What to Know About Networking as a Law Student
Karen Sargent, assistant dean and executive director of the Office of Career Services at SMU's Dedman School of Law, talks about what law school students can do to increase their chances of finding work after graduation.
By Delece Smith-Barrow
For Harrison Freeman, reaching out to friends, strangers and associates has been a large part of his strategy for finding summer internships as a law student – and it's worked.
"Networking literally got me my 1L internship," says Freeman, who just finished his second year at Boston University School of Law.
During his first year of school, Freeman discussed his career goals with a BU grad who was his mentor. . .
Law career experts say that networking is key when pursuing summer internships – which often lead to full-time job offers – or long-term employment.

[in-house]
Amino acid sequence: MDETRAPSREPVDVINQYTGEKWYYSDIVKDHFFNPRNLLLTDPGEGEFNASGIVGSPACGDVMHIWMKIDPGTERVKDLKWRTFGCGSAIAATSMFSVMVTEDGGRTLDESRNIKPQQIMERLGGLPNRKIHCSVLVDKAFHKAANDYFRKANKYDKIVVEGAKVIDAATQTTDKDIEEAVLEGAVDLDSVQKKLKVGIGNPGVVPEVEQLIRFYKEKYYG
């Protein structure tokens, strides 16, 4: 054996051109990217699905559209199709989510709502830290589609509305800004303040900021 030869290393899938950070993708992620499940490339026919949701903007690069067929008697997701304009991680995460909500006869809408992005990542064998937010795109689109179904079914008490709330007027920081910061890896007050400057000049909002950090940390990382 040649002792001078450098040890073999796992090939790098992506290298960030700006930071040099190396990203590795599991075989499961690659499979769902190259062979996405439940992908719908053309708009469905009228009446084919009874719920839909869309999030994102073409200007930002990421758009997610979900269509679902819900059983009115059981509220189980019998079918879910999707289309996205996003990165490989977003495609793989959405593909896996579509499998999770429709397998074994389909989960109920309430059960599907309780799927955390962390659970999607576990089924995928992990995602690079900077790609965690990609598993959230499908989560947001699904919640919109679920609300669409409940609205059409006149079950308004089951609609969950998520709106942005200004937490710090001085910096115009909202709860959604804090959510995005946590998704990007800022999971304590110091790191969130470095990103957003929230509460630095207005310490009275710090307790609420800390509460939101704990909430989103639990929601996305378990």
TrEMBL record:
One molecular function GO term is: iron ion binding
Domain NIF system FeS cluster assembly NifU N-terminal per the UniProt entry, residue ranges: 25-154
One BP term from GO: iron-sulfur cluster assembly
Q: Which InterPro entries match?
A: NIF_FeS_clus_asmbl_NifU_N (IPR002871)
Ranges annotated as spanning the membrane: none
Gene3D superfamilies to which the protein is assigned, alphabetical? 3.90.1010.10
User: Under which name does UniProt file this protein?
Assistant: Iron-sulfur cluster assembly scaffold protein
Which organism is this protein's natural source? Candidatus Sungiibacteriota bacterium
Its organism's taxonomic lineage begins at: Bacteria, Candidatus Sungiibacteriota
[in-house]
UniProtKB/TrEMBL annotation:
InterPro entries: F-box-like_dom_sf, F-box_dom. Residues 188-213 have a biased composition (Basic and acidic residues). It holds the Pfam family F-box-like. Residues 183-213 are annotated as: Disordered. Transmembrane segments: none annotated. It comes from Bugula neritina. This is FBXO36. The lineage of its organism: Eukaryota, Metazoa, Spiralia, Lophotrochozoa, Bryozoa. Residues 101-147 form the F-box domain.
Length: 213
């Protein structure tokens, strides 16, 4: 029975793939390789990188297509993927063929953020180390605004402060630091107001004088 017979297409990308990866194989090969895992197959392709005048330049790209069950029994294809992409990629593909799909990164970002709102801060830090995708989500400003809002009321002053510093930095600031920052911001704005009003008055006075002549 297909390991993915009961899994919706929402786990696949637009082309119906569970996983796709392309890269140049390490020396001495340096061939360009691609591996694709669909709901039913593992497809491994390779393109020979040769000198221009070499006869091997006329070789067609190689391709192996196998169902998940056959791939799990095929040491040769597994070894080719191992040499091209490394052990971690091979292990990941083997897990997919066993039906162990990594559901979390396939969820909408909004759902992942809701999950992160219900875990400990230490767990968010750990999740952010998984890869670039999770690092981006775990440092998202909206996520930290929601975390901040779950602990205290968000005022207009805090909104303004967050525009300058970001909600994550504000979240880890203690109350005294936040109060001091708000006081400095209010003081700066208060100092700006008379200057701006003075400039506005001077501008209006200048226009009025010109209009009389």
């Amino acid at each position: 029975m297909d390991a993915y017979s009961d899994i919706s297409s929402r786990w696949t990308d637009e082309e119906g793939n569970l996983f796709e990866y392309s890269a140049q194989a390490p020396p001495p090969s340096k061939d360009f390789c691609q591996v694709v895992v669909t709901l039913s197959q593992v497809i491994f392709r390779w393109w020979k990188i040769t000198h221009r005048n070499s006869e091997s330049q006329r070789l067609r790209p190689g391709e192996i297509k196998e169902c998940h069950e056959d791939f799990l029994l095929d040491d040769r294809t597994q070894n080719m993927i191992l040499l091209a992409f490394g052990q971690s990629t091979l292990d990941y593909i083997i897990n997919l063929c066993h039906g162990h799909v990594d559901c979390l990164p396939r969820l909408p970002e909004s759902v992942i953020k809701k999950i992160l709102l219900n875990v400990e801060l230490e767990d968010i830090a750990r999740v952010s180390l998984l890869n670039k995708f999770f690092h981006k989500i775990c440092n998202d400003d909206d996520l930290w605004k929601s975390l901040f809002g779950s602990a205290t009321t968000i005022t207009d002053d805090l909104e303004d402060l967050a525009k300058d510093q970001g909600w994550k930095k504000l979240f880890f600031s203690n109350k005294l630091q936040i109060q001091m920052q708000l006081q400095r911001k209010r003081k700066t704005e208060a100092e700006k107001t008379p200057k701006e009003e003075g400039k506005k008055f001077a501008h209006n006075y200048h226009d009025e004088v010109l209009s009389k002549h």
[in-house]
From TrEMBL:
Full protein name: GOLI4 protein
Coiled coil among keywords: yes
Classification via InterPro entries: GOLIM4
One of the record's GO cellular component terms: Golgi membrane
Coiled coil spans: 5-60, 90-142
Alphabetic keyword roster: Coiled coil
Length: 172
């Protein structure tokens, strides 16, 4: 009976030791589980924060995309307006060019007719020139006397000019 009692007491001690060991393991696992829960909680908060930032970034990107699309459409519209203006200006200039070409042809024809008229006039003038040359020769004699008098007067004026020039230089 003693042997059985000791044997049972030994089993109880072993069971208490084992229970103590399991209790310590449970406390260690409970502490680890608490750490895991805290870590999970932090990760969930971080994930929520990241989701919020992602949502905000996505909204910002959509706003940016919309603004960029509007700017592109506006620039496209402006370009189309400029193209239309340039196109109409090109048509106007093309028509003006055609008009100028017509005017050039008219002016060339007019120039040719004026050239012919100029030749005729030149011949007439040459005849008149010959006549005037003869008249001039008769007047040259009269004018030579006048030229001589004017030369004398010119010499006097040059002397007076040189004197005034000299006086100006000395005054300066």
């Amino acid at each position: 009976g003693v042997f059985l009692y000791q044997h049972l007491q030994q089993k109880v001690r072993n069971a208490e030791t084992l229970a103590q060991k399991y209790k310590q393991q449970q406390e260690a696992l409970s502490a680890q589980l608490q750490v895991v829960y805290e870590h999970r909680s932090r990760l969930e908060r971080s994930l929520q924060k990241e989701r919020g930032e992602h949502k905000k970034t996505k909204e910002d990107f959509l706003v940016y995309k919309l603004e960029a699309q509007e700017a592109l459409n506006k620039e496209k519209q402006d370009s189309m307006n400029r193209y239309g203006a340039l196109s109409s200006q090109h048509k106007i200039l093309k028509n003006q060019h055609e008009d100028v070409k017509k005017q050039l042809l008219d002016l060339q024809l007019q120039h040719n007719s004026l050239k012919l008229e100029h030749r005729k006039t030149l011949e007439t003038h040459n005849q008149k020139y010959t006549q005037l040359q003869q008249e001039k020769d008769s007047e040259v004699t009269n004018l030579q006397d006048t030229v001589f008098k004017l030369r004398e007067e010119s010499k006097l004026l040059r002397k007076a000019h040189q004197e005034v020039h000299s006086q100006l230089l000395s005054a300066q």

"It's extremely important," says Karen Sargent, assistant dean and executive director of the Office of Career Services at Southern Methodist University's Dedman School of Law. "It's maintaining relationships that are going to carry you throughout your career. And you never know when those relationships are going to come into play."
In March, the unemployment rate for 2015 law graduates at schools under the purview of the American Bar Association was 9.7 percent. Learning how to meet and approach people in your legal area of interest as a soon-to-be lawyer and ask for advice, experts say, can help with finding job leads.